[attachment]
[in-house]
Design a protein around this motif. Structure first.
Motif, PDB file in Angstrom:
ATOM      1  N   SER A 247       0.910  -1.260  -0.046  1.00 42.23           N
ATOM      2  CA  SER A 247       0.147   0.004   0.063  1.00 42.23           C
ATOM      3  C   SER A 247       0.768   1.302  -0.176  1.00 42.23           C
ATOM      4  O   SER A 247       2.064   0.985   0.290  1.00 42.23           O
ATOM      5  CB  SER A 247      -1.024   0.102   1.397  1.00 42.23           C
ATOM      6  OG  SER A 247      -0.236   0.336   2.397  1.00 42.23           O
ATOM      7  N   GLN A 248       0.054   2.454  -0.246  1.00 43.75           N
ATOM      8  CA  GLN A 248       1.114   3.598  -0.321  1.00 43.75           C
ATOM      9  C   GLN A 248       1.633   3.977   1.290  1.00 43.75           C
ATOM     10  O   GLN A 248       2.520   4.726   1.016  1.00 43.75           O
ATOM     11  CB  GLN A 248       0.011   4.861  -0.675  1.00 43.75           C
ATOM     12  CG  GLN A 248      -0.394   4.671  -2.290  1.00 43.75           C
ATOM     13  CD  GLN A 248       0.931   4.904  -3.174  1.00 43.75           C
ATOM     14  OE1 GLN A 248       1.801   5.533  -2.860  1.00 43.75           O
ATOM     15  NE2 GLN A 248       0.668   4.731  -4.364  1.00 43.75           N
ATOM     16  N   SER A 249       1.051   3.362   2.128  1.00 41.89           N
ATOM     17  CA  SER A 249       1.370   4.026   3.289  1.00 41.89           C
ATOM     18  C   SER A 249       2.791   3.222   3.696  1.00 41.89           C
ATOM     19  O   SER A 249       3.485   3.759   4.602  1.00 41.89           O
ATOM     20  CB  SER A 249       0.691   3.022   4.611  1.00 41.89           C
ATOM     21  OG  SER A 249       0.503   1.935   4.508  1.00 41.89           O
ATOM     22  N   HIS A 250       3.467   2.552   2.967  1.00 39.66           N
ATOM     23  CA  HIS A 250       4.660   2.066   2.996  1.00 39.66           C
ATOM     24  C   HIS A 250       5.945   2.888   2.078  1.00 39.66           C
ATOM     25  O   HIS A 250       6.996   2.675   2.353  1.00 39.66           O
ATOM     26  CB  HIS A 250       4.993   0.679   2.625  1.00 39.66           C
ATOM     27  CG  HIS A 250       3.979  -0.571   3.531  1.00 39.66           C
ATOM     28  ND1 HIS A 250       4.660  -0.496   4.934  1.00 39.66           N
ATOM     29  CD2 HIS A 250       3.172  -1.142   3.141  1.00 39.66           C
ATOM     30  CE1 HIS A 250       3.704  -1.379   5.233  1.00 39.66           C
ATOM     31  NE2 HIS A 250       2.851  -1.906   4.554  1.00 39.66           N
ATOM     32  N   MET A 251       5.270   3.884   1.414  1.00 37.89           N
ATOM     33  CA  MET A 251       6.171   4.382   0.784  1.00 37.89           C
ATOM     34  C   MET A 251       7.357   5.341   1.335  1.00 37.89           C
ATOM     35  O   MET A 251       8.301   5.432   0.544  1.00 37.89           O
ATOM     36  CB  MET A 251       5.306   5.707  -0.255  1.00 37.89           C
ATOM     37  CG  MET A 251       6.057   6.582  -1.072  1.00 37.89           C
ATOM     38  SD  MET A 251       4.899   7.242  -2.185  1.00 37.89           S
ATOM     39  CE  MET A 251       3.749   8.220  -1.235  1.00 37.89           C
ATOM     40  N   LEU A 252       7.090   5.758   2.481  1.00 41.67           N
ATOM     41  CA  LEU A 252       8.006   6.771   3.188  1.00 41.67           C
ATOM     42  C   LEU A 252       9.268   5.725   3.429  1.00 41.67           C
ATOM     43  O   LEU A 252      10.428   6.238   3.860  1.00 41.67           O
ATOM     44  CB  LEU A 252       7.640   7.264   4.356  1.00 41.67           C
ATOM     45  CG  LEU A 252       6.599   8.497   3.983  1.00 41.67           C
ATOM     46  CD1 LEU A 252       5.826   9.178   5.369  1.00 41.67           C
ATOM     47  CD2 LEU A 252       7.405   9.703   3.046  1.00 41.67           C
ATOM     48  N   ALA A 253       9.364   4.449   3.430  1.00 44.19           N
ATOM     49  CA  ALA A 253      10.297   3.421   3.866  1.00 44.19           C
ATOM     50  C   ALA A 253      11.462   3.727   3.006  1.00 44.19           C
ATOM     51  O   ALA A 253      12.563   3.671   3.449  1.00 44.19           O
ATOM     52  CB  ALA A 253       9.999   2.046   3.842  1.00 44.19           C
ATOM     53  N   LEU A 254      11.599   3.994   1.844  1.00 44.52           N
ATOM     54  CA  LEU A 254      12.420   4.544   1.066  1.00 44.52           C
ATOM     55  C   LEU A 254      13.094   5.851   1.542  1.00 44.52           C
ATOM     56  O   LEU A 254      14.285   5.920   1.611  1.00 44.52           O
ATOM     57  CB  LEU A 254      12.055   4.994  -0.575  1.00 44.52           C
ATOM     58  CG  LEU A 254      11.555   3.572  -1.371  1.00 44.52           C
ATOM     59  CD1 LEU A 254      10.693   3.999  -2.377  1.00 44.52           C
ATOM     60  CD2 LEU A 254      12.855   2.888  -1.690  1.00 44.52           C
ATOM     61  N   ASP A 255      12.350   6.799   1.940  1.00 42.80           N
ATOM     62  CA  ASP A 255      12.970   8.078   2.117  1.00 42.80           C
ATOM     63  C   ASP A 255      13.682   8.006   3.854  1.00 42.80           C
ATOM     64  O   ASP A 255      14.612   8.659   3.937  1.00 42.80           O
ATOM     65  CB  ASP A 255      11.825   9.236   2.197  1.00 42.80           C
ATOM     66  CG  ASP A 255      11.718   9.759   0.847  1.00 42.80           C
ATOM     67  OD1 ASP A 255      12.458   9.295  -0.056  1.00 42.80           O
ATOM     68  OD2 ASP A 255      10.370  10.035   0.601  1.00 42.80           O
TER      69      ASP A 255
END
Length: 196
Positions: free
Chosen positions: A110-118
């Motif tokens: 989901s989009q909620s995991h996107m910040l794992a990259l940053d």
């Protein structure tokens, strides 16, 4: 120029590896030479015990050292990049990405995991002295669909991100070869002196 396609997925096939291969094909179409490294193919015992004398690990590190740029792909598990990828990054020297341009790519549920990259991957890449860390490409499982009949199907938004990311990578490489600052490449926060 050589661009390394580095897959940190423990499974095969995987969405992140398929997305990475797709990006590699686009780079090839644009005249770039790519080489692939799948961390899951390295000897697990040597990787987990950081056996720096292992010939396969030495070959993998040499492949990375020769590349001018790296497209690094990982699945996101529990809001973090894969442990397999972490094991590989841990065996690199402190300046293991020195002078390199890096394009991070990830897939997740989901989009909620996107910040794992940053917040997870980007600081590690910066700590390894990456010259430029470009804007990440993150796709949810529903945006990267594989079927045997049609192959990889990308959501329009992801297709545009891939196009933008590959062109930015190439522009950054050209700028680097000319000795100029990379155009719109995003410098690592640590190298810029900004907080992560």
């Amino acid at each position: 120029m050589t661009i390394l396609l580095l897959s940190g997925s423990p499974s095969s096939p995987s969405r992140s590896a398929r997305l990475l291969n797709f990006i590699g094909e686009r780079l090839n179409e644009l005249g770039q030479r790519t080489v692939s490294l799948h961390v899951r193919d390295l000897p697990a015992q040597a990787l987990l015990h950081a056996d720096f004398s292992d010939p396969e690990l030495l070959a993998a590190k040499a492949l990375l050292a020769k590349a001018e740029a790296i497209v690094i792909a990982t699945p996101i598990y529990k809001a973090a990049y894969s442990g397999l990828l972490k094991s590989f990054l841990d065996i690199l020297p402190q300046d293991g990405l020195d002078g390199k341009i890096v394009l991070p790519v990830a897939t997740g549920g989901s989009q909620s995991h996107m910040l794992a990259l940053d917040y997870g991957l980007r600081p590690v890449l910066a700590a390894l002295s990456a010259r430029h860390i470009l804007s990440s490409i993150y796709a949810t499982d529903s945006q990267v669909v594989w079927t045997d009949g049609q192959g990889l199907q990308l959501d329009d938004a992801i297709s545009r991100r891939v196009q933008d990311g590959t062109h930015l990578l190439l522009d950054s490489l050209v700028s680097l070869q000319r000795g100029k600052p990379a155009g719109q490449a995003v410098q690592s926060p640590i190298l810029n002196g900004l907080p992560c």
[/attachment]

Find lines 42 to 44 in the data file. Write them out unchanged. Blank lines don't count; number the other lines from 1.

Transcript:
ATOM     39  CE  MET A 251       3.749   8.220  -1.235  1.00 37.89           C
ATOM     40  N   LEU A 252       7.090   5.758   2.481  1.00 41.67           N
ATOM     41  CA  LEU A 252       8.006   6.771   3.188  1.00 41.67           C